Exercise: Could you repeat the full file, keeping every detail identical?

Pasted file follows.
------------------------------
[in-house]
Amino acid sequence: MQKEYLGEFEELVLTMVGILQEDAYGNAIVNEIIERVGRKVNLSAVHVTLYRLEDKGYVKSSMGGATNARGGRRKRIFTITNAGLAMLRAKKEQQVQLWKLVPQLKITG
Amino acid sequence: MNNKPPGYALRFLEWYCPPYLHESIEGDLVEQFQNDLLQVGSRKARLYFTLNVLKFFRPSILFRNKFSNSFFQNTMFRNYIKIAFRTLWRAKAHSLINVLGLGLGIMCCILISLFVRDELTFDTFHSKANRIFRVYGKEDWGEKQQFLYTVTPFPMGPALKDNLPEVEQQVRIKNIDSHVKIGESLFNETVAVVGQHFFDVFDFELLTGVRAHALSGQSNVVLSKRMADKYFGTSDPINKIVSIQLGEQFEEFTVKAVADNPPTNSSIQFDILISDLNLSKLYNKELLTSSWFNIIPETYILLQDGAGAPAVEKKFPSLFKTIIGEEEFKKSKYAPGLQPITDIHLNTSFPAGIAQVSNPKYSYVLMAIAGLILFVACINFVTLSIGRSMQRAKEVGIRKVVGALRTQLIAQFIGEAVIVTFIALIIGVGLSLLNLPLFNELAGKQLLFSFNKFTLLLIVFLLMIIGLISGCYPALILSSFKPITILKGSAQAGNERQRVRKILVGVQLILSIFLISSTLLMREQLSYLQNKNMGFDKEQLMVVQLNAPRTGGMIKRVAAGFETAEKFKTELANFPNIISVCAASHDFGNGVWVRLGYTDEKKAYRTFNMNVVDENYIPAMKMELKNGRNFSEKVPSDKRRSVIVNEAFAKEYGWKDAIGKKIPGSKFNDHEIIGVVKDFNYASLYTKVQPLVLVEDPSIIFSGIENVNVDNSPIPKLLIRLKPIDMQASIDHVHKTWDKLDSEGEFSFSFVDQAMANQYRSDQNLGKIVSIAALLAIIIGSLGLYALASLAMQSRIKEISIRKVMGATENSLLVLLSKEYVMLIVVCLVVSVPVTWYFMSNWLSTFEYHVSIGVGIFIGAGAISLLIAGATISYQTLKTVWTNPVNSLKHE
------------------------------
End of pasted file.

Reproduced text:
[in-house]
Amino acid sequence: MQKEYLGEFEELVLTMVGILQEDAYGNAIVNEIIERVGRKVNLSAVHVTLYRLEDKGYVKSSMGGATNARGGRRKRIFTITNAGLAMLRAKKEQQVQLWKLVPQLKITG
Amino acid sequence: MNNKPPGYALRFLEWYCPPYLHESIEGDLVEQFQNDLLQVGSRKARLYFTLNVLKFFRPSILFRNKFSNSFFQNTMFRNYIKIAFRTLWRAKAHSLINVLGLGLGIMCCILISLFVRDELTFDTFHSKANRIFRVYGKEDWGEKQQFLYTVTPFPMGPALKDNLPEVEQQVRIKNIDSHVKIGESLFNETVAVVGQHFFDVFDFELLTGVRAHALSGQSNVVLSKRMADKYFGTSDPINKIVSIQLGEQFEEFTVKAVADNPPTNSSIQFDILISDLNLSKLYNKELLTSSWFNIIPETYILLQDGAGAPAVEKKFPSLFKTIIGEEEFKKSKYAPGLQPITDIHLNTSFPAGIAQVSNPKYSYVLMAIAGLILFVACINFVTLSIGRSMQRAKEVGIRKVVGALRTQLIAQFIGEAVIVTFIALIIGVGLSLLNLPLFNELAGKQLLFSFNKFTLLLIVFLLMIIGLISGCYPALILSSFKPITILKGSAQAGNERQRVRKILVGVQLILSIFLISSTLLMREQLSYLQNKNMGFDKEQLMVVQLNAPRTGGMIKRVAAGFETAEKFKTELANFPNIISVCAASHDFGNGVWVRLGYTDEKKAYRTFNMNVVDENYIPAMKMELKNGRNFSEKVPSDKRRSVIVNEAFAKEYGWKDAIGKKIPGSKFNDHEIIGVVKDFNYASLYTKVQPLVLVEDPSIIFSGIENVNVDNSPIPKLLIRLKPIDMQASIDHVHKTWDKLDSEGEFSFSFVDQAMANQYRSDQNLGKIVSIAALLAIIIGSLGLYALASLAMQSRIKEISIRKVMGATENSLLVLLSKEYVMLIVVCLVVSVPVTWYFMSNWLSTFEYHVSIGVGIFIGAGAISLLIAGATISYQTLKTVWTNPVNSLKHE